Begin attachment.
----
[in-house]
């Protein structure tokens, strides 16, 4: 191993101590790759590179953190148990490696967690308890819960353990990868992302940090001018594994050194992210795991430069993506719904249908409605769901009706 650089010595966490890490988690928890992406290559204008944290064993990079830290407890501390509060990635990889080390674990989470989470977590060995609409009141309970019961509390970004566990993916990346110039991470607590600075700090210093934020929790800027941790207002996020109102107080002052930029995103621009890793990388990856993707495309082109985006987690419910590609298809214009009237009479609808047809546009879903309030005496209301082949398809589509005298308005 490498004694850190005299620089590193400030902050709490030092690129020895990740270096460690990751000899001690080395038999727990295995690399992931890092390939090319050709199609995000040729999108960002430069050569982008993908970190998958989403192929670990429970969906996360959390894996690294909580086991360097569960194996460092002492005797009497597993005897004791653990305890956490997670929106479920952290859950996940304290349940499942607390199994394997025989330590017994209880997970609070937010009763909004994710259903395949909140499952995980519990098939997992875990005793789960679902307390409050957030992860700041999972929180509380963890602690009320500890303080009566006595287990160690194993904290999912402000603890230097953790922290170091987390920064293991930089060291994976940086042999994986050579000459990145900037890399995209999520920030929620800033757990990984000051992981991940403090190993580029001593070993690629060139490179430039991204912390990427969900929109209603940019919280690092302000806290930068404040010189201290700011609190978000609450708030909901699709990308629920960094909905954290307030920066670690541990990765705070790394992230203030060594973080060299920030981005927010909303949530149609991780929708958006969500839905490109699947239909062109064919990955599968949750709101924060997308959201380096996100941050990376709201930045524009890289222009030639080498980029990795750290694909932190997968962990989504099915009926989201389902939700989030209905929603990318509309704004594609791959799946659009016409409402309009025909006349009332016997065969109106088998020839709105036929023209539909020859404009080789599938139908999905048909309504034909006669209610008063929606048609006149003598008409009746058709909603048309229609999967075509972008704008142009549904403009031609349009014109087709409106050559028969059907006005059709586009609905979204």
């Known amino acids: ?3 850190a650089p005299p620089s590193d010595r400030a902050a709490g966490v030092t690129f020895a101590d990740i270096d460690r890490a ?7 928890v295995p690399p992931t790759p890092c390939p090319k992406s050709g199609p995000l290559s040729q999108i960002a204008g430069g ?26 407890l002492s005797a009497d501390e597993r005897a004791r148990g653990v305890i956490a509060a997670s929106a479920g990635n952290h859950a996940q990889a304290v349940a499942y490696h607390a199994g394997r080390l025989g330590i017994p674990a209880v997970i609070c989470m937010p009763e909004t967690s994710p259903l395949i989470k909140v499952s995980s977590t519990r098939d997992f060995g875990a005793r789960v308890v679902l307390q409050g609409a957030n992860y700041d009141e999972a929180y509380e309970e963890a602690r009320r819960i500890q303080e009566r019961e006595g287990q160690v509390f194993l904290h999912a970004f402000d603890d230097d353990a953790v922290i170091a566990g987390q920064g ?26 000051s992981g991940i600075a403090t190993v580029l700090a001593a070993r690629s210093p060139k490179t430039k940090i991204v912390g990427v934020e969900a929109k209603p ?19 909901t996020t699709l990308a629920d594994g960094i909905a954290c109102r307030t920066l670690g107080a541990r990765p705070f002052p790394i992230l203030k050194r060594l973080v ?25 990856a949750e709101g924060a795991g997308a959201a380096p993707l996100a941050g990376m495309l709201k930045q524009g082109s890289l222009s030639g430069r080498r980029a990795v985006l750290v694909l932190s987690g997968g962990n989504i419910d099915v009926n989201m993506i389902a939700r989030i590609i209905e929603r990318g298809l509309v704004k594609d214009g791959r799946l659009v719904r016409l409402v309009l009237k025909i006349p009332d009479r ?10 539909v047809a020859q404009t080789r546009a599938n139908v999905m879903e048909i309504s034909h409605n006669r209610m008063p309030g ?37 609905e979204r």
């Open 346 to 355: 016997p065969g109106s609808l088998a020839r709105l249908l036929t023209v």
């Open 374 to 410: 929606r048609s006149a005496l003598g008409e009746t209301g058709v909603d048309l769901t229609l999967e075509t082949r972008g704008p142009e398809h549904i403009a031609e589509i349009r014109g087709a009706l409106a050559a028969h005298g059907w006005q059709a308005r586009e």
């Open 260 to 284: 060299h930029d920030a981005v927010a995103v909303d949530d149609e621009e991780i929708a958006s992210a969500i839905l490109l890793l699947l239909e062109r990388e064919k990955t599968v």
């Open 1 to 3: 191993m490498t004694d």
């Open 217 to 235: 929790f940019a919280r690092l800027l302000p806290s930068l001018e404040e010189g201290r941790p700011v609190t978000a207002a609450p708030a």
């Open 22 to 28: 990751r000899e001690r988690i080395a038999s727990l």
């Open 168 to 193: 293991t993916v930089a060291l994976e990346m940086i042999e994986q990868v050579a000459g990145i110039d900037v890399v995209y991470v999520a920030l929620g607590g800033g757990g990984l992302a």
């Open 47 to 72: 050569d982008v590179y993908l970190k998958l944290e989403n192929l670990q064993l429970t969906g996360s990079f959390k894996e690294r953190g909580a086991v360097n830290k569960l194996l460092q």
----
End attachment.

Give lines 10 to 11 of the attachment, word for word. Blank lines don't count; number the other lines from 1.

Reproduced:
């Open 168 to 193: 293991t993916v930089a060291l994976e990346m940086i042999e994986q990868v050579a000459g990145i110039d900037v890399v995209y991470v999520a920030l929620g607590g800033g757990g990984l992302a």
């Open 47 to 72: 050569d982008v590179y993908l970190k998958l944290e989403n192929l670990q064993l429970t969906g996360s990079f959390k894996e690294r953190g909580a086991v360097n830290k569960l194996l460092q």